The genus mycobacterium comprises both the strict pathogens such as M. tuberculosis and M. leprae while for Nontuberclosis Mycobacteria (NTM), the Mycobacterium Avium Complex (MAC) which are the major opportunistic pathogens. NTM is considered as an important group comprising of opportunistic and strict pathogens such as M. avium complex [4]. There are more than 150 NTM species currently recognized, about 25 of them have been associated with NTM diseases in humans and/or animals [5]. The most frequently isolated species of NTM are Mycobacterium gordonae, Mycobacterium kansasii and Mycobacterium chelonae from clinical cases [6, 7].

The ability to tolerate different situations such as variation in temperature, pH, and the ability to resist to disinfectants makes NTM survive better than the rest of bacteria living in drinking water [5]. MAC has a high resistance to chlorine; it can tolerate chlorine concentrations of 0.05-0.2 mg/L found in tap water [8, 9], among which M.abscssus, M. gilvum. M.gordonae and M. magreitance have been associated with municipal water supplies.

The aim of this study was to look for opportunistic NTM and other indicator organisms (E.coli, E.faecalis) of fecal contamination and their association with biofilm in distribution pipeline from selected sites of Addis Ababa.

2. MATERIALS AND METHODS

2.1. Biofilm Sample Collections

A total of 40 biofilm samples were collected from two sub-cities of Addis Ababa. The biofilm sample was taken from the inner surfaces of the faucets of the get valve and strainer/filter of water meter depending on the suitability for taking a sample using a sterile cotton-tipped swab moistened in 1ml sterile normal saline solutions. The area of biofilm removed in this way was approximately 1cm2. Collected samples were transported to the laboratory in an ice box and analyzed within 12 to 18 hr. From the total biofilm samples, 10 were taken from the strainer/water filter of the water meter, 27 from the get valve and 3 from the tanker or reservoir.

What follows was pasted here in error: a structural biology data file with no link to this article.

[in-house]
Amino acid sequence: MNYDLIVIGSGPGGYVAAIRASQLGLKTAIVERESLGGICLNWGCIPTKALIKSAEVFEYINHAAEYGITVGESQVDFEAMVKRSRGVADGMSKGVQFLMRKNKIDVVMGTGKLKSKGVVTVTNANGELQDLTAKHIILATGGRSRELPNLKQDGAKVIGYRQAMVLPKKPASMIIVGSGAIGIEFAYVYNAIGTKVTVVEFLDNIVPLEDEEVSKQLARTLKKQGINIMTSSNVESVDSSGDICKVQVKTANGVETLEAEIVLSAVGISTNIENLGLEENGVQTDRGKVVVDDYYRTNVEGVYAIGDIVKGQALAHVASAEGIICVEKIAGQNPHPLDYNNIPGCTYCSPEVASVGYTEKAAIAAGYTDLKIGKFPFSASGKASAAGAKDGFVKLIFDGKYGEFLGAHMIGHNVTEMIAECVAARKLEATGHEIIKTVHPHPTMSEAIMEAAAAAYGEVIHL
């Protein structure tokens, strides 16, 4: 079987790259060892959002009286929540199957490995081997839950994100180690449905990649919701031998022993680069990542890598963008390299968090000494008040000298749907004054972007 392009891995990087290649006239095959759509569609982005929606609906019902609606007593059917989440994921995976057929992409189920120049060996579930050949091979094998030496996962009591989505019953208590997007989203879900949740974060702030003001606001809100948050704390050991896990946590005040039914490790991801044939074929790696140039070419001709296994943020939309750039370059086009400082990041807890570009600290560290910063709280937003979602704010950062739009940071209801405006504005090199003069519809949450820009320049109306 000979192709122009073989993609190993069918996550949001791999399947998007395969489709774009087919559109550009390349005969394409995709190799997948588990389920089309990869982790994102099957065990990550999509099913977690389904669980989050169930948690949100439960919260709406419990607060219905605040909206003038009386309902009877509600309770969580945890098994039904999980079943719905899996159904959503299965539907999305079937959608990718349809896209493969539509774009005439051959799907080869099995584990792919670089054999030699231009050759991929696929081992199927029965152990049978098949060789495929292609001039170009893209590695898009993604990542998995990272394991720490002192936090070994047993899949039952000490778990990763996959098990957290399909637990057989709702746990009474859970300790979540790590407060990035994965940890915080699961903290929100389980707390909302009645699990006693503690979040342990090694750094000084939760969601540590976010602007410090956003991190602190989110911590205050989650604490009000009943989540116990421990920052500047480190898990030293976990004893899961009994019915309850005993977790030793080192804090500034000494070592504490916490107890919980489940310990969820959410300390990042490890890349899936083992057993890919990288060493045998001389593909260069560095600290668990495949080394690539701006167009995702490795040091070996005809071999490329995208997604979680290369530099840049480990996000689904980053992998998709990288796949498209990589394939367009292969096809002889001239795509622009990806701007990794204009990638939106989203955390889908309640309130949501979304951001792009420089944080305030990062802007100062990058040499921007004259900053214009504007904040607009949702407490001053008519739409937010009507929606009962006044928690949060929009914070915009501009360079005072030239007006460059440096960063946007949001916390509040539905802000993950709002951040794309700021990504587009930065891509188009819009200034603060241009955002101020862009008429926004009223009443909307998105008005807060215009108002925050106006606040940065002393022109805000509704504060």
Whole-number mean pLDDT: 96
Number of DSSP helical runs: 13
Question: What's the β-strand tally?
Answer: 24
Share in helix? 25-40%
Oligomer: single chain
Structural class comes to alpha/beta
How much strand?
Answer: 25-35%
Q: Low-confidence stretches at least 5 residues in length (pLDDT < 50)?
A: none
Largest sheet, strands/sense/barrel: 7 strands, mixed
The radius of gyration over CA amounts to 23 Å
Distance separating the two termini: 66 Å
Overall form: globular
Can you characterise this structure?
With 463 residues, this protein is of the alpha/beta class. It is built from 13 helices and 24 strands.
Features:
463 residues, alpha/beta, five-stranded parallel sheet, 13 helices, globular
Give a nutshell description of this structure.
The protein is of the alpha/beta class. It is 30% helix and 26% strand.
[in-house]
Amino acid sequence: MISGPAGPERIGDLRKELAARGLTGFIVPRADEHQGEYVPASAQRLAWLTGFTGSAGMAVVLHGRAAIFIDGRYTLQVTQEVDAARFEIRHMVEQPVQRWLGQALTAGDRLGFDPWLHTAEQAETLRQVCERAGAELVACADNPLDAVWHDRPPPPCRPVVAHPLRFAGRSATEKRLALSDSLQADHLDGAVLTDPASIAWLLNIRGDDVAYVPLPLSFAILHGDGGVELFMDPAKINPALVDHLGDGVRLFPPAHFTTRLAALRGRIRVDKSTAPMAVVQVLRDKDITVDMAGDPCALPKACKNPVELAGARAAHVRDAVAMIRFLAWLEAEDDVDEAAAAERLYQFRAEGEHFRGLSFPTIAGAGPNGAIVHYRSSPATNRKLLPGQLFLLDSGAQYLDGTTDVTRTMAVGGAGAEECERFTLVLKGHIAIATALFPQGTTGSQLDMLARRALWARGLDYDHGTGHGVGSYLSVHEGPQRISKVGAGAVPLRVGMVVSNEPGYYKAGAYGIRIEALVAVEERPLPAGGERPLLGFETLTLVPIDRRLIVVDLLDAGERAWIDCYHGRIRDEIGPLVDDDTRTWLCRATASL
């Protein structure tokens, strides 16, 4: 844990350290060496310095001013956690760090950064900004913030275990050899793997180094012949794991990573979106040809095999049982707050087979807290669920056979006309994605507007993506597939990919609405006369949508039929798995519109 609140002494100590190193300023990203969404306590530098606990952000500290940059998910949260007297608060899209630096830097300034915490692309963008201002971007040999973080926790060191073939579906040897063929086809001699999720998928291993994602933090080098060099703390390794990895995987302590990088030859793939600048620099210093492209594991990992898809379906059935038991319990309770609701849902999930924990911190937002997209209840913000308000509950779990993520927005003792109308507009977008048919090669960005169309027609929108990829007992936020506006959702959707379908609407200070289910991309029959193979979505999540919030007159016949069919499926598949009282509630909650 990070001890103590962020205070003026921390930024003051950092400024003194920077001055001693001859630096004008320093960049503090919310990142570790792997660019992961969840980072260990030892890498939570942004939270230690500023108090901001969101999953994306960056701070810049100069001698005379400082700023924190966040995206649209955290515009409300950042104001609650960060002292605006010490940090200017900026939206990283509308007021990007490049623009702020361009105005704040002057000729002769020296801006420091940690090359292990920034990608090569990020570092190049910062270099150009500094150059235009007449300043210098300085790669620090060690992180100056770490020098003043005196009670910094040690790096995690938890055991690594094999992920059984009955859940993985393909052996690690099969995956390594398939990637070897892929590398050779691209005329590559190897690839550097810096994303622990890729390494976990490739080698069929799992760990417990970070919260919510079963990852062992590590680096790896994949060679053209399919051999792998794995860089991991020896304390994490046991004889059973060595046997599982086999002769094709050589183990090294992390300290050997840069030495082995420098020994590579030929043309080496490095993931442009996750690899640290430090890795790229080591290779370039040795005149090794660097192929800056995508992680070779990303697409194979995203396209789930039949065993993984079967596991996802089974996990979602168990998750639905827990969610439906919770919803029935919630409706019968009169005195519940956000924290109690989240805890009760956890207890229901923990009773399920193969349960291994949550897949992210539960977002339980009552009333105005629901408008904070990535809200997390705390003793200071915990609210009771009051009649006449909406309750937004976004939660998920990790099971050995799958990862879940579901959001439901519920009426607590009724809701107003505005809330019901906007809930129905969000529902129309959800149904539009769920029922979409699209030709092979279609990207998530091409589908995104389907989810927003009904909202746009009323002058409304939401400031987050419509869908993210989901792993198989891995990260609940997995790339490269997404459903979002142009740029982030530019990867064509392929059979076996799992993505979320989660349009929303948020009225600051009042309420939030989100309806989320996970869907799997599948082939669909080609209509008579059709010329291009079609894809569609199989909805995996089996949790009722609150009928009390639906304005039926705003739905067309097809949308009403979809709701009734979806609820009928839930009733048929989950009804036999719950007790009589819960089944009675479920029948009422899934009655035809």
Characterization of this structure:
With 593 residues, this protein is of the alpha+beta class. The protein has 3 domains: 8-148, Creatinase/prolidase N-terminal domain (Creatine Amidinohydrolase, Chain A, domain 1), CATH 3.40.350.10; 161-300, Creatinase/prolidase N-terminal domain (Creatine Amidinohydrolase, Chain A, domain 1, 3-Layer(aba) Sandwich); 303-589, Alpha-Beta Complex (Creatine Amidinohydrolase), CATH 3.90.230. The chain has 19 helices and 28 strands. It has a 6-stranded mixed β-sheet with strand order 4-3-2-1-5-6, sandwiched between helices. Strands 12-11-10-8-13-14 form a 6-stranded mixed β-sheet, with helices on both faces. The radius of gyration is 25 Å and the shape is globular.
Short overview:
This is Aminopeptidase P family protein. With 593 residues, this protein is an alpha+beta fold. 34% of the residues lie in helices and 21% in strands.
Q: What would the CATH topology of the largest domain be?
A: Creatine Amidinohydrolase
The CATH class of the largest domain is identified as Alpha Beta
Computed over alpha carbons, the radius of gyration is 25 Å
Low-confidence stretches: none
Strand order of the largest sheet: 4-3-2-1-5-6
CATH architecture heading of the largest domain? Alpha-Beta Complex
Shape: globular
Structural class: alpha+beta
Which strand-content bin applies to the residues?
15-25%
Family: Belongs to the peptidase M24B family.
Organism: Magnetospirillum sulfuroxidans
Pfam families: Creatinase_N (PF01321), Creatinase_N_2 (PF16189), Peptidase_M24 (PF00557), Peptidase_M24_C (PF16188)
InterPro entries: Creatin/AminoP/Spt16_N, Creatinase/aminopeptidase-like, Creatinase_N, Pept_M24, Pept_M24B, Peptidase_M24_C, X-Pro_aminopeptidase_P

2.1.1. Laboratory Analysis of Biofilm Samples

Biofilm samples were dispersed by vigorous vortexing in sterile physiological saline water. The homogenized samples were analyzed to determine the detection of E. coli, E. faecalis and mycobacterium spp.

2.1.2. Detection of E. coli

The homogenized swab samples were diluted in peptone water filtered using cellulose membrane 0.45µm. The filtered membrane was transferred onto Tryptone Soya Agar (BBL) plates using sterile forceps and incubated for 4 h at 37°C. After 4 hrs of incubation, the membrane was transferred to Tryptic Bile Agar (BBL) at 44°C for 16-24 hr incubation. Finally, an indole test was done with the addition of 1-2 drops of James reagent on the colonies grown on the membrane.

2.1.3. Detection of E. faecalis

Filtered membrane was transferred onto, Slantz Bartley agar (Oxoid) and incubated at 37ºC for 16-24 hours; the formation of brown- red colonies was regarded as presumptive positive. Typical black colonies formation on Bile Esculin Agar plates (BBL) after 4-12hr incubation at 44 ºC was regarded as E. faecalis [10].

2.1.4. Culture and Identification of NTM

The homogenized biofilm sample was processed using N-acetyl-L-cysteine-sodium hydroxide (4%NaOH-NALC) method using the standard method of (SD bioline). The processed sediment was inoculated to appropriate liquid and solid culture media, 7ml Middlebrook 7H9 Mycobacterium Growth Indicator Tube (MGIT) liquid culture media incubated to Bactech MGIT 960 (Becton Dickinson Microbiology Systems, Cockeysville, MD, USA) until it flags positive or is confirmed by the characteristic growth and Lowenstein-Jensen (LJ) Solid Culture media. All culture-positive workup was done to identify using MPT64 Ag test [SD bioline] serological test, true positivity, whereby all true culture positive isolates were further processed for molecular typing.

2.1.5. Genotyping of NTM